More gooey stuff
Other brands of energy gel contain different amounts of carbohydrate, so what should you do if you don’t like or can’t find PowerGel?
The key point to remember is that you need about 3.4 ounces of water for every seven grams of carbohydrate you take in during events lasting longer than an hour. That means that if you’ve bought some ‘Chocolate Outrage’ or ‘Vanilla Bean’ GU, for example (research has yet to determine which flavour is better for performance), a little calculation will quickly tell you how much H2O you should sip along with it. Here’s how to do the reckoning: Each packet of GU contains 20 grams of carbs. Since 20 grams divided by 7 grams is about 3, you need 3 x 3.4 ounces = approximately 10 ounces of water with each GU parcel.
10 ounces is far too much to take in all at once while you’re on the fly, but you can cut that in half (to five ounces), squeeze a half-pouchlet of GU into your mouth along with the five ounces of H2O, and be in pretty good shape, although you wouldn’t be getting quite as much fluid and carbos as you would with PowerGel.
At a 7:30 per mile running pace, you would be taking in 40 grams of carbohydrate and 20 ounces of water per hour with the GU-water mixture, provided you were taking the stuff in every second mile. 40 grams of carbohydrate should be enough to be helpful, but the 20-ounce per hour rate of water consumption is borderline.
Interestingly enough, ‘Chocolate Outrage’ GU also contains fat, which has no value at all as far as performance is concerned. Your own body contains all the fat you need for fuel during a prolonged event like the marathon; there’s no need to add it to your body during the race.
In fact, GU and many of the other energy gels contain vitamins, minerals, caffeine, herbal preparations, and a variety of other substances which often look appealing to athletes. Bear in mind that all of these additives are placed in the gels for marketing purposes or because of a misguided understanding of sports nutrition; they won’t improve your performances. There is absolutely no reason to have vitamin E in an energy gel, for example; of course vitamin E IS important in human nutrition, but an acute dose of it taken during the marathon won’t help speed you toward the finish line. The only things you really need during the race are easily absorbed carbohydrate, water, and a little sodium to enhance absorption.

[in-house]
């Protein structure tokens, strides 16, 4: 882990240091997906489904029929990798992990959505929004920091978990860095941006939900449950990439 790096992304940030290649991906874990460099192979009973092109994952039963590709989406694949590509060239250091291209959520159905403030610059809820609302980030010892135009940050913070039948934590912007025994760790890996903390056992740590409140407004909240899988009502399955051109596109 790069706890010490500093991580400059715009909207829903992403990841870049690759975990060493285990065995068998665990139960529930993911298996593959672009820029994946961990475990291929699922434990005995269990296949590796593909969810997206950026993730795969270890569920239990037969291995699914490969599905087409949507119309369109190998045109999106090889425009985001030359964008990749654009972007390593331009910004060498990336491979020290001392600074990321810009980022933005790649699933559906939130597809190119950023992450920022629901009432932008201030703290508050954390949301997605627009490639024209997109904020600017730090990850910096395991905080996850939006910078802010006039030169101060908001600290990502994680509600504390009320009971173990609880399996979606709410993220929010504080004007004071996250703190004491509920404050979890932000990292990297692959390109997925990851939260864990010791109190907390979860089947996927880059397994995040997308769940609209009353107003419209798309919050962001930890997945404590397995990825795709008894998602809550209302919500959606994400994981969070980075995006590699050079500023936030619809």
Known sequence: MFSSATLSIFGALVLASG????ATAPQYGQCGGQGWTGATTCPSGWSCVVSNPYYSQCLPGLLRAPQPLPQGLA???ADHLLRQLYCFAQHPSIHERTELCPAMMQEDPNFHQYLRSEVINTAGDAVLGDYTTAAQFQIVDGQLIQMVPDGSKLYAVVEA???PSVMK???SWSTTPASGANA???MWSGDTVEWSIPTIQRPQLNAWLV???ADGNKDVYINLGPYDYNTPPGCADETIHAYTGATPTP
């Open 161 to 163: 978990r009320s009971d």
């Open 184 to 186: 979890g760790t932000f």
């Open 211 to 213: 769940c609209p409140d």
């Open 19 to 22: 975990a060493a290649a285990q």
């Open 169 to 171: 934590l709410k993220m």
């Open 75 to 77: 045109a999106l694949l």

After the race is over, there’s no need to continue taking in sports drink – or gel and water. To boost your energy post-race and get the process of recovery off to a rapid start, take in solid foods – whatever is palatable to you. The usual fare of bananas, bagels, yoghurt, etc. is fine, but do remember to drink water steadily as you eat. Keep drinking until your urine is as clear as a mirror.
Sometimes marathoners ask whether they should start taking in sports drink (or water-gel) after just one mile of the race – or wait until two miles have passed. Well, since you will have swilled 10 ounces of sports beverage 10 minutes before the race begins (that’s the optimal pattern), you can often wait until the two-mile mark to begin drinking. The only exception would be if you complete the marathon at a fairly moderate pace. For example, if you average 10 minutes per mile, you might as well tank up after the first mile, since it will already have been 20 minutes since your last ‘fueling’. Never wait until the four- or five-mile marks to begin imbibing: remember that for purposes of promoting performance and preventing dehydration, sports drinks become steadily less important as the race proceeds. Your most important tipple is the one 10 minutes before the race, the second most important is the first drink you take during the race, the third most important is the second within-race drink, and so on.